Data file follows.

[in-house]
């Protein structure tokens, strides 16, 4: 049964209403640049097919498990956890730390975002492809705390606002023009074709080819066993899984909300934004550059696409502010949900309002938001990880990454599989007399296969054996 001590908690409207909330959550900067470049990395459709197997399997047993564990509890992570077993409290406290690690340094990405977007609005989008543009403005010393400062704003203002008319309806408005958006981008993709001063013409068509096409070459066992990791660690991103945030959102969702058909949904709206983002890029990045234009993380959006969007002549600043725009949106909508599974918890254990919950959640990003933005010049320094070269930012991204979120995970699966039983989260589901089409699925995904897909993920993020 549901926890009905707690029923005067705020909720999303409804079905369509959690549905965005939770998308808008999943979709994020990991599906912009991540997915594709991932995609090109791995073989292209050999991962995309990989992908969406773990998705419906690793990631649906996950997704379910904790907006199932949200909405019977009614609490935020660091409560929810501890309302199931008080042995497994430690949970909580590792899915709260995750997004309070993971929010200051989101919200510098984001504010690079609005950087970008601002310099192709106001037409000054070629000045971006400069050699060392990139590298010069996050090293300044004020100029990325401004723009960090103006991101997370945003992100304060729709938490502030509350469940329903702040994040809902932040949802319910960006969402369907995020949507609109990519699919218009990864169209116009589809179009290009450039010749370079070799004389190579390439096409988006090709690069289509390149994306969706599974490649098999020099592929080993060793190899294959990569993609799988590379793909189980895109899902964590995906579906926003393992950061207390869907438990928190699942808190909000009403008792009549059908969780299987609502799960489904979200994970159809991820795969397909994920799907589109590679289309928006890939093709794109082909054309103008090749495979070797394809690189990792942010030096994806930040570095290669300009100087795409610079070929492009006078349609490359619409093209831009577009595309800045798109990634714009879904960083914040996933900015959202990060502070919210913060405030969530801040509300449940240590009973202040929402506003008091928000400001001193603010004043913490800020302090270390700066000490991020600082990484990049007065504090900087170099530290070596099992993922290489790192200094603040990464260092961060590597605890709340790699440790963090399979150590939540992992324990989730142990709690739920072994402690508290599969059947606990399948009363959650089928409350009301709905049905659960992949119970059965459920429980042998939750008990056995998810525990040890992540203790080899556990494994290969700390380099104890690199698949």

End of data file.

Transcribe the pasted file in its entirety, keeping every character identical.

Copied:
[in-house]
């Protein structure tokens, strides 16, 4: 049964209403640049097919498990956890730390975002492809705390606002023009074709080819066993899984909300934004550059696409502010949900309002938001990880990454599989007399296969054996 001590908690409207909330959550900067470049990395459709197997399997047993564990509890992570077993409290406290690690340094990405977007609005989008543009403005010393400062704003203002008319309806408005958006981008993709001063013409068509096409070459066992990791660690991103945030959102969702058909949904709206983002890029990045234009993380959006969007002549600043725009949106909508599974918890254990919950959640990003933005010049320094070269930012991204979120995970699966039983989260589901089409699925995904897909993920993020 549901926890009905707690029923005067705020909720999303409804079905369509959690549905965005939770998308808008999943979709994020990991599906912009991540997915594709991932995609090109791995073989292209050999991962995309990989992908969406773990998705419906690793990631649906996950997704379910904790907006199932949200909405019977009614609490935020660091409560929810501890309302199931008080042995497994430690949970909580590792899915709260995750997004309070993971929010200051989101919200510098984001504010690079609005950087970008601002310099192709106001037409000054070629000045971006400069050699060392990139590298010069996050090293300044004020100029990325401004723009960090103006991101997370945003992100304060729709938490502030509350469940329903702040994040809902932040949802319910960006969402369907995020949507609109990519699919218009990864169209116009589809179009290009450039010749370079070799004389190579390439096409988006090709690069289509390149994306969706599974490649098999020099592929080993060793190899294959990569993609799988590379793909189980895109899902964590995906579906926003393992950061207390869907438990928190699942808190909000009403008792009549059908969780299987609502799960489904979200994970159809991820795969397909994920799907589109590679289309928006890939093709794109082909054309103008090749495979070797394809690189990792942010030096994806930040570095290669300009100087795409610079070929492009006078349609490359619409093209831009577009595309800045798109990634714009879904960083914040996933900015959202990060502070919210913060405030969530801040509300449940240590009973202040929402506003008091928000400001001193603010004043913490800020302090270390700066000490991020600082990484990049007065504090900087170099530290070596099992993922290489790192200094603040990464260092961060590597605890709340790699440790963090399979150590939540992992324990989730142990709690739920072994402690508290599969059947606990399948009363959650089928409350009301709905049905659960992949119970059965459920429980042998939750008990056995998810525990040890992540203790080899556990494994290969700390380099104890690199698949």